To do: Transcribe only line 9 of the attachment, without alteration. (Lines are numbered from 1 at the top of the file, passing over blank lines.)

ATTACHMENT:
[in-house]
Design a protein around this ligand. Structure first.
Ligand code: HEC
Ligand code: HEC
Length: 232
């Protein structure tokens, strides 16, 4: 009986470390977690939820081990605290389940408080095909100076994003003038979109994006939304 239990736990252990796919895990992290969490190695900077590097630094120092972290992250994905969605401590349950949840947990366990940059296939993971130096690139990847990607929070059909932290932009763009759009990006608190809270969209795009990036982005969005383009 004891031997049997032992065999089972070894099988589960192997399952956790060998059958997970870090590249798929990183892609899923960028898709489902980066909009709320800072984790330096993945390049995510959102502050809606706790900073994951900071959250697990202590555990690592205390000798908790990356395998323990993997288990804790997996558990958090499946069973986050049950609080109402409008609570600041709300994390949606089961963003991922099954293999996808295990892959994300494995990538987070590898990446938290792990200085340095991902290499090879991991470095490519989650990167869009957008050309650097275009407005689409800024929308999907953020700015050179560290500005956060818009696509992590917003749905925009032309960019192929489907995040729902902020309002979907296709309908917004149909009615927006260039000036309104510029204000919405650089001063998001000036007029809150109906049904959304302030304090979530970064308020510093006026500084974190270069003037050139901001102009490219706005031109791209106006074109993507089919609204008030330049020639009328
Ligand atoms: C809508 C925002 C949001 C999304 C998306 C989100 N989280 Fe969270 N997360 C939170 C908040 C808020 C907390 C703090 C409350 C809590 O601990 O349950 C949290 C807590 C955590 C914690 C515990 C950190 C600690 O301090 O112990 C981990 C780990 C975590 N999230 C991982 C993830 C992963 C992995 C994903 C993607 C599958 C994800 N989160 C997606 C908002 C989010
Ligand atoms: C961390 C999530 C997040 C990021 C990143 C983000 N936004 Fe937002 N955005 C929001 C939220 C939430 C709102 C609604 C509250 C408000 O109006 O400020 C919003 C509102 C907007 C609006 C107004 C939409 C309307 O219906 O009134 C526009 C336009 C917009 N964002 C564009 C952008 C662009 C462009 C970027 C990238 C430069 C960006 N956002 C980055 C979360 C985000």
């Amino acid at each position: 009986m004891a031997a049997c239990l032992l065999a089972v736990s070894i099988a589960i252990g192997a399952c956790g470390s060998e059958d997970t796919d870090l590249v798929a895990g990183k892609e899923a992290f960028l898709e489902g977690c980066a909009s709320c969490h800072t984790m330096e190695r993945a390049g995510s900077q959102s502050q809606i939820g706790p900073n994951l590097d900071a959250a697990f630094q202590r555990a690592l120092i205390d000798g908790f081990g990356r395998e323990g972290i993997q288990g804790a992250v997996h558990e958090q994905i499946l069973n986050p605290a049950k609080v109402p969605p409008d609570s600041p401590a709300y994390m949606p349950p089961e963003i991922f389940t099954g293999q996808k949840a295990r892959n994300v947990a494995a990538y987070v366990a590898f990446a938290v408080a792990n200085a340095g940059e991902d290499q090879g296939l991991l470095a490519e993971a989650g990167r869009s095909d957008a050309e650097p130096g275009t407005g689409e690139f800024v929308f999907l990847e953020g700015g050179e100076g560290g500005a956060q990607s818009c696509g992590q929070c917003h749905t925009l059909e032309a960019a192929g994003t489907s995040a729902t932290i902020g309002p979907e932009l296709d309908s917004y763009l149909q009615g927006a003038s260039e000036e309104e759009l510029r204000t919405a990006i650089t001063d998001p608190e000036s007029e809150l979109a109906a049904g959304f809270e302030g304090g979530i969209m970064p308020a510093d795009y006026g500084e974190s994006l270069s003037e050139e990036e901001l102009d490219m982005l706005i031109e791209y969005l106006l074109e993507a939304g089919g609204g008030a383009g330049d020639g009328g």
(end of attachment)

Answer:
């Amino acid at each position: 009986m004891a031997a049997c239990l032992l065999a089972v736990s070894i099988a589960i252990g192997a399952c956790g470390s060998e059958d997970t796919d870090l590249v798929a895990g990183k892609e899923a992290f960028l898709e489902g977690c980066a909009s709320c969490h800072t984790m330096e190695r993945a390049g995510s900077q959102s502050q809606i939820g706790p900073n994951l590097d900071a959250a697990f630094q202590r555990a690592l120092i205390d000798g908790f081990g990356r395998e323990g972290i993997q288990g804790a992250v997996h558990e958090q994905i499946l069973n986050p605290a049950k609080v109402p969605p409008d609570s600041p401590a709300y994390m949606p349950p089961e963003i991922f389940t099954g293999q996808k949840a295990r892959n994300v947990a494995a990538y987070v366990a590898f990446a938290v408080a792990n200085a340095g940059e991902d290499q090879g296939l991991l470095a490519e993971a989650g990167r869009s095909d957008a050309e650097p130096g275009t407005g689409e690139f800024v929308f999907l990847e953020g700015g050179e100076g560290g500005a956060q990607s818009c696509g992590q929070c917003h749905t925009l059909e032309a960019a192929g994003t489907s995040a729902t932290i902020g309002p979907e932009l296709d309908s917004y763009l149909q009615g927006a003038s260039e000036e309104e759009l510029r204000t919405a990006i650089t001063d998001p608190e000036s007029e809150l979109a109906a049904g959304f809270e302030g304090g979530i969209m970064p308020a510093d795009y006026g500084e974190s994006l270069s003037e050139e990036e901001l102009d490219m982005l706005i031109e791209y969005l106006l074109e993507a939304g089919g609204g008030a383009g330049d020639g009328g």